A hit television show about a fictitious rock band, The Monkees (1966-1968) earned two Emmys–Outstanding Comedy Series and Outstanding Directorial Achievement in Comedy. Capitalizing on the show’s success, the actual band formed by the actors, at their peak, sold more albums than The Beatles and The Rolling Stones combined and set the stage for other musical TV characters from The Partridge Family to Hannah Montana. In the late 1980s, the Monkees began a series of reunion tours that continued into their 50th anniversary.
This book tells the story of The Monkees and how the show changed television, introducing a new generation to the fourth-wall-breaking slapstick created by Laurel and Hardy and the Marx Brothers. Its creators contributed to the innovative film and television of 1970s with projects like Bob & Carol & Ted & Alice, The Mary Tyler Moore Show, Laugh-In and Welcome Back, Kotter. Immense profits from the show, its music and its merchandising funded the producers’ move into films such as Head, Easy Rider and Five Easy Pieces.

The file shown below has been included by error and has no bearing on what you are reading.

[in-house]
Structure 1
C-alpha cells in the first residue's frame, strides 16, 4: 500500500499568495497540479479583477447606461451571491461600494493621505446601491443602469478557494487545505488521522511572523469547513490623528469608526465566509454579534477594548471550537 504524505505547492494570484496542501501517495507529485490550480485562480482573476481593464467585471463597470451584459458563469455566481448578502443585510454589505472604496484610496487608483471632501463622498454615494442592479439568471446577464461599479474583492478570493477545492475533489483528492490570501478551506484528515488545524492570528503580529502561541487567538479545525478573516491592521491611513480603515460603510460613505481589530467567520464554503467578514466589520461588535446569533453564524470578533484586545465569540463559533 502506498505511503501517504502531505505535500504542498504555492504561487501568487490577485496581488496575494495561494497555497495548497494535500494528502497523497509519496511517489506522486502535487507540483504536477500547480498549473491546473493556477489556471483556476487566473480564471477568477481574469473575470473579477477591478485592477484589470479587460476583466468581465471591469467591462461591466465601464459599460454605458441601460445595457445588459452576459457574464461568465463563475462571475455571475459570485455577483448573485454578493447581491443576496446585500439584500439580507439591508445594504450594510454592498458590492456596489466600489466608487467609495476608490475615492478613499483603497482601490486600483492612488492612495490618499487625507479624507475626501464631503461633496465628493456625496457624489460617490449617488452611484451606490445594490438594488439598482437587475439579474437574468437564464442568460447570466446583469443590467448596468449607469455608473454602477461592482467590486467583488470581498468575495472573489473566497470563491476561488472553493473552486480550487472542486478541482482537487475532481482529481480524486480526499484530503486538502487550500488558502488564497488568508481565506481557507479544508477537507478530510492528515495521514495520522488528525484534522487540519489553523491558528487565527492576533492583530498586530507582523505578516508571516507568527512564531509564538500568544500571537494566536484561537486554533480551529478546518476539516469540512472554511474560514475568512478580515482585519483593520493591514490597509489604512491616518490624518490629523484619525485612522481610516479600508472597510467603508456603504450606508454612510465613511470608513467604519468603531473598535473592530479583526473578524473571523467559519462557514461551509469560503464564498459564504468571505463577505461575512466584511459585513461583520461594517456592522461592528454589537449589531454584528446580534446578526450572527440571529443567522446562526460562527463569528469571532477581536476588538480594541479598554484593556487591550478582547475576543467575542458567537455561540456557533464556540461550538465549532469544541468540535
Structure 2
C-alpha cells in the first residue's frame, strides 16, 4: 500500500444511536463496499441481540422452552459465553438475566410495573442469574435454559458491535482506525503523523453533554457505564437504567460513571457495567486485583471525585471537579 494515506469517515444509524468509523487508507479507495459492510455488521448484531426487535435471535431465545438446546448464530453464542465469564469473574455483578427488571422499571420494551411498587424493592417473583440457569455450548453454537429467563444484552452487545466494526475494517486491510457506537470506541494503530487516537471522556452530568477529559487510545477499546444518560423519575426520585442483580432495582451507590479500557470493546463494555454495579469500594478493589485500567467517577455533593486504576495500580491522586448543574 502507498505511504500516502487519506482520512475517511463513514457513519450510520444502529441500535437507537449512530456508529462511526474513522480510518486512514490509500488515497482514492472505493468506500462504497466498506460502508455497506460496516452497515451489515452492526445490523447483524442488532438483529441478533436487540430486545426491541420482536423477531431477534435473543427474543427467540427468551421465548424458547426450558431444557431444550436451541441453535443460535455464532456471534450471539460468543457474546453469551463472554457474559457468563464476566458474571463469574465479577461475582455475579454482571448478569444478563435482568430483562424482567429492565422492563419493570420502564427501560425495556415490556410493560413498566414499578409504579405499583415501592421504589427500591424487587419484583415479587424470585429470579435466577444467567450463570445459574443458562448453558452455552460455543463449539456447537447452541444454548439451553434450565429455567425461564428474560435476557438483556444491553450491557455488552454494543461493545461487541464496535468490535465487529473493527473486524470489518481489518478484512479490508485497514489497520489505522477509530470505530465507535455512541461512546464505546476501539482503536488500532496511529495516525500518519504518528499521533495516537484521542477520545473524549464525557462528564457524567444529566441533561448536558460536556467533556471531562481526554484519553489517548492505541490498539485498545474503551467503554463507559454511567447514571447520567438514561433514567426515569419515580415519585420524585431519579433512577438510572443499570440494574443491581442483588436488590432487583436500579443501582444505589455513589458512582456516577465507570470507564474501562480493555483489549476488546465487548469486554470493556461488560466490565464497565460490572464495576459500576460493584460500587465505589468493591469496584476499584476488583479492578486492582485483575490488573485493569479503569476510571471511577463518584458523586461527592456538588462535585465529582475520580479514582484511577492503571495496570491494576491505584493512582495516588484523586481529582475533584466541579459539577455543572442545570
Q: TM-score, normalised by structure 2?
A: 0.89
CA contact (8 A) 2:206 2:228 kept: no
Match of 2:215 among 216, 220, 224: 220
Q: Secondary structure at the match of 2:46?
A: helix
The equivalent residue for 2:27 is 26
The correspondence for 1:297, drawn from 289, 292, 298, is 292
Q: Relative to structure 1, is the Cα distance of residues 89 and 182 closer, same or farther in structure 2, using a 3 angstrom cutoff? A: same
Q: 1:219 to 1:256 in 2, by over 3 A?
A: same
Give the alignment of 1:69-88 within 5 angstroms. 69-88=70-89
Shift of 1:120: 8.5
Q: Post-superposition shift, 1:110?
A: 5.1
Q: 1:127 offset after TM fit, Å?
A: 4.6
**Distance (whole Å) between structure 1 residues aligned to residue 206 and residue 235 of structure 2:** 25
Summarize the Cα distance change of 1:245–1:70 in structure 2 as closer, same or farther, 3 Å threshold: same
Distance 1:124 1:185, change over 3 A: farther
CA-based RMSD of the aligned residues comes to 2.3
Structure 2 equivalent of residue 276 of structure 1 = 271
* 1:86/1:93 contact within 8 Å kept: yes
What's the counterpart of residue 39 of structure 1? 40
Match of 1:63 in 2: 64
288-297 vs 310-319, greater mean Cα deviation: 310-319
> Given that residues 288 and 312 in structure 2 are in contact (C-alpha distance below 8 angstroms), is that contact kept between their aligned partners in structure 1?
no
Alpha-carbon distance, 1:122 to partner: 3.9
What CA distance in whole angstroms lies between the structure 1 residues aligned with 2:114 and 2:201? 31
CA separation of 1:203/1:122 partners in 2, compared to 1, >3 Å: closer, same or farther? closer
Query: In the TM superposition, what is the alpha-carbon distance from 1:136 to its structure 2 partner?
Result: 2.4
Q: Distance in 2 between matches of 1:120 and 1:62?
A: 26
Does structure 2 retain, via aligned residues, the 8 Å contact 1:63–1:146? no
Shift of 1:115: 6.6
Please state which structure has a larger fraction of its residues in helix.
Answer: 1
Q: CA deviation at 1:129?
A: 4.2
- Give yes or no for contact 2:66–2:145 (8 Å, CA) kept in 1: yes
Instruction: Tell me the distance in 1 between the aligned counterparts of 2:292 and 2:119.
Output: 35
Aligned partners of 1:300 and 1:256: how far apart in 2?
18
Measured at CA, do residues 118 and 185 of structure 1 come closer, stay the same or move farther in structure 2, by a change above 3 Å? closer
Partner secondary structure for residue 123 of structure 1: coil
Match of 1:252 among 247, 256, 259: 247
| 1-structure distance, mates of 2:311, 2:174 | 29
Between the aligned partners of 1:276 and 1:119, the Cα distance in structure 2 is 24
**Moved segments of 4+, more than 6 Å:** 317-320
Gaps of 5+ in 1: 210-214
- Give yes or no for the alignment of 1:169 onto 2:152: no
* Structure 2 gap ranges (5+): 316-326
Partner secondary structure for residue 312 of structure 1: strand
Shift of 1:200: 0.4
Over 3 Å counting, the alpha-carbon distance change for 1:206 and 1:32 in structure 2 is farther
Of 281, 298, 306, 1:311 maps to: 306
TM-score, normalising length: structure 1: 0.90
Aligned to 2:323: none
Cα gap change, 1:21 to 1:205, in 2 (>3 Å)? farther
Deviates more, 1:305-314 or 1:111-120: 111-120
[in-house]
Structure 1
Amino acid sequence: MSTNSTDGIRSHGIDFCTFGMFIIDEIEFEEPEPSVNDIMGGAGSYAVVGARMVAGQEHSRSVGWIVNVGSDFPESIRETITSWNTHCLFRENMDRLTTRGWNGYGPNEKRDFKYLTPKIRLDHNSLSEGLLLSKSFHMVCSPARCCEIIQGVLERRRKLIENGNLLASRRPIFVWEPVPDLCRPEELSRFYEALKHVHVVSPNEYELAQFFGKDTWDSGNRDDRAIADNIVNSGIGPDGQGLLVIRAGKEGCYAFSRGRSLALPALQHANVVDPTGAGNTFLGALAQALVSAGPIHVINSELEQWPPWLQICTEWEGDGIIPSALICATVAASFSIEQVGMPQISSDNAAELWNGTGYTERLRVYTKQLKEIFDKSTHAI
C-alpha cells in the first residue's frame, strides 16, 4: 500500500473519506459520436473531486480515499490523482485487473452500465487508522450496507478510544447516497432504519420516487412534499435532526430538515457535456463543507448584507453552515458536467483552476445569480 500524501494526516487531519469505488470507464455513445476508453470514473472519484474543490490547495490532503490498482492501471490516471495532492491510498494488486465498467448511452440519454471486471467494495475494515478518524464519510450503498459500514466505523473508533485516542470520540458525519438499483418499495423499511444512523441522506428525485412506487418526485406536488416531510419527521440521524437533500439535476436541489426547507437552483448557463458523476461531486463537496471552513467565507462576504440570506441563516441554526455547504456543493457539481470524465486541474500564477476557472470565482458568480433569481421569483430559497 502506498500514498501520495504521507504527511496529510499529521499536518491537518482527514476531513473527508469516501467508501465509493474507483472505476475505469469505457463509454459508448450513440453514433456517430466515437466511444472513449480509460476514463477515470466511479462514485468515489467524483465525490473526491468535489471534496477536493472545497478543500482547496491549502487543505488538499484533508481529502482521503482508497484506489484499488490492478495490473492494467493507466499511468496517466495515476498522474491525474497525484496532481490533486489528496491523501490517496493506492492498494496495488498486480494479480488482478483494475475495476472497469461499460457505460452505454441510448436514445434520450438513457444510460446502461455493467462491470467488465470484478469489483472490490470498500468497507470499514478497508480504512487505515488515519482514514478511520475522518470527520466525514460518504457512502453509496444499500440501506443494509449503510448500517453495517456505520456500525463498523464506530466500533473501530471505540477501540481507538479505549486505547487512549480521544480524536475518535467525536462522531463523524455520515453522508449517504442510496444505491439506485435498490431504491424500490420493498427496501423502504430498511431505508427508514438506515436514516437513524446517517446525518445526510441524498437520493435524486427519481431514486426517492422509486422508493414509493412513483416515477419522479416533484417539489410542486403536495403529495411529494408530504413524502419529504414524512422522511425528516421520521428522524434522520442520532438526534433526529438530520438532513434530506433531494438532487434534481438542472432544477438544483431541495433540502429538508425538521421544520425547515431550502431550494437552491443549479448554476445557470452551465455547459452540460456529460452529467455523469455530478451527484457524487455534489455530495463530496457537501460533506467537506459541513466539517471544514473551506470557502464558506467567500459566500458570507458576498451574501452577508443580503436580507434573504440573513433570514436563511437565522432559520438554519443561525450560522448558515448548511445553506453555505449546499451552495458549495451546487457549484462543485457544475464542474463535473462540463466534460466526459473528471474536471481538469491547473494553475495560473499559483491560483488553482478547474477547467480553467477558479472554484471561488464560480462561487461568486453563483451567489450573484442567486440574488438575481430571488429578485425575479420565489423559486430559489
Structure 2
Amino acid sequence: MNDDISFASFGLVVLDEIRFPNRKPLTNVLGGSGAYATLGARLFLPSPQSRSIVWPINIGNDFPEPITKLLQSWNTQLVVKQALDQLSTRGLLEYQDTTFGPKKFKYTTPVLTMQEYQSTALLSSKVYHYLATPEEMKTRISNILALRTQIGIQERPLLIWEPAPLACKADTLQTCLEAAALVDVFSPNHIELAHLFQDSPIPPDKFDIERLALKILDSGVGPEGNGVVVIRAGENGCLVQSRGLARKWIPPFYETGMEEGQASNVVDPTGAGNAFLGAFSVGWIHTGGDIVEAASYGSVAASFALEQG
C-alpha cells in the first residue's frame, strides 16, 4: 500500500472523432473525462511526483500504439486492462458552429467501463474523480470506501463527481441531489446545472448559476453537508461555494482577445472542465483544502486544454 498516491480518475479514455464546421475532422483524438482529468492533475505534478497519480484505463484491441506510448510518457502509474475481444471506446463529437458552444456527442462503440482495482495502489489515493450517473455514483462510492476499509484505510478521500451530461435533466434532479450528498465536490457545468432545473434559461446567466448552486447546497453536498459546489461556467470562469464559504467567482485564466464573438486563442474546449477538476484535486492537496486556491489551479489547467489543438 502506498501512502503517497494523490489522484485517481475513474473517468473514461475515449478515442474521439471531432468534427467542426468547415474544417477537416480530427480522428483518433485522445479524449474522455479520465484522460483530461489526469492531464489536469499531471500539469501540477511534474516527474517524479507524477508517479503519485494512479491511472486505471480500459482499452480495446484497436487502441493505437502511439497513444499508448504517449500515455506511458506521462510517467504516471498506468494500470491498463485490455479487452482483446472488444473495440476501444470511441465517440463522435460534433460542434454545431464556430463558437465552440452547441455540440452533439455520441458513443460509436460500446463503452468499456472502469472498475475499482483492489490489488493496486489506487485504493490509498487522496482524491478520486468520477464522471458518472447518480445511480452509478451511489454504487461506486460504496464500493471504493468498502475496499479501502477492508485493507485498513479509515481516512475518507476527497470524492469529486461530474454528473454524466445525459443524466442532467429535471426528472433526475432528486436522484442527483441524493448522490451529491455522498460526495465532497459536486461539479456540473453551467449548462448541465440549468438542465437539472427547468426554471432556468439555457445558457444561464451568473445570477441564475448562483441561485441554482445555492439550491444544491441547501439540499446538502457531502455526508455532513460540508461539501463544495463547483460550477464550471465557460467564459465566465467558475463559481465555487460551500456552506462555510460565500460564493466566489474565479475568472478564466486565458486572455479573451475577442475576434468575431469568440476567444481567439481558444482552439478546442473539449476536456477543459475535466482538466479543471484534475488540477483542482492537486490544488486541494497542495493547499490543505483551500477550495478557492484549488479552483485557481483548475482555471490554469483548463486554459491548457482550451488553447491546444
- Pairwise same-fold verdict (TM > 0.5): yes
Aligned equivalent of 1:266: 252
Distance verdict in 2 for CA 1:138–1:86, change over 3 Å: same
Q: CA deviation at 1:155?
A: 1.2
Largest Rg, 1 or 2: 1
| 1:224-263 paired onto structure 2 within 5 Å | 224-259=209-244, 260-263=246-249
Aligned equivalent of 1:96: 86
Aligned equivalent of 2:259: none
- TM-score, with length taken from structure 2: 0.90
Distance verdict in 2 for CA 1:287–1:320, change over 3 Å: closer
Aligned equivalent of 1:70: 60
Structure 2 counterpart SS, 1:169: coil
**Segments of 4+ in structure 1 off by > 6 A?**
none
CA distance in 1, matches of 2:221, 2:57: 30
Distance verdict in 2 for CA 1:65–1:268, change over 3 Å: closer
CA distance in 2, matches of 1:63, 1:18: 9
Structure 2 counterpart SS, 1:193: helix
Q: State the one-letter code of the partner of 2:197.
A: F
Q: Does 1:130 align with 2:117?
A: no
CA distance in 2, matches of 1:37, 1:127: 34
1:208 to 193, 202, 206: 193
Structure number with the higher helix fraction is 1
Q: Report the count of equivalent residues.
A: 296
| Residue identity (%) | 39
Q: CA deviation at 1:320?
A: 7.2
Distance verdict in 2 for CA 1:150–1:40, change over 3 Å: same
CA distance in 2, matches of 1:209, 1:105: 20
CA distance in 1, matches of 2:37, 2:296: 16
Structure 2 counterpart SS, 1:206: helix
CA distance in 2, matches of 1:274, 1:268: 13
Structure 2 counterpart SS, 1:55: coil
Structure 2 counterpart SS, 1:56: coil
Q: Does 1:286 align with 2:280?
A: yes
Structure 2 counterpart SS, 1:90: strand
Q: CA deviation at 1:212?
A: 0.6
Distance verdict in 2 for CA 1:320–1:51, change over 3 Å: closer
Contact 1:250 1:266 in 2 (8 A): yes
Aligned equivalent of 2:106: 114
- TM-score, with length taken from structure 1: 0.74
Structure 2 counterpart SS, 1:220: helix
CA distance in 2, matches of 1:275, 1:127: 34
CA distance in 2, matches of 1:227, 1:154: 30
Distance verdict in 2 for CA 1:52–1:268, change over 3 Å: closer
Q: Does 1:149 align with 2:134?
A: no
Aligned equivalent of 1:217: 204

Rosanne Welch, PhD has written for television (Touched by an Angel, Picket Fences) and print (Three Ring Circus: How Real Couples Balance Marriage, Work and Kids and The Encyclopedia of Women in Aviation and Space). In the documentary world she has written and produced Bill Clinton and the Boys Nation Class of 1963 for ABC NEWS/Nightline and consulted on PBS’s A Prince Among Slaves, the story of a prince from West Africa who was enslaved in the 1780s, freed by order of President John Quincy Adams in the 1820s and returned to his homeland.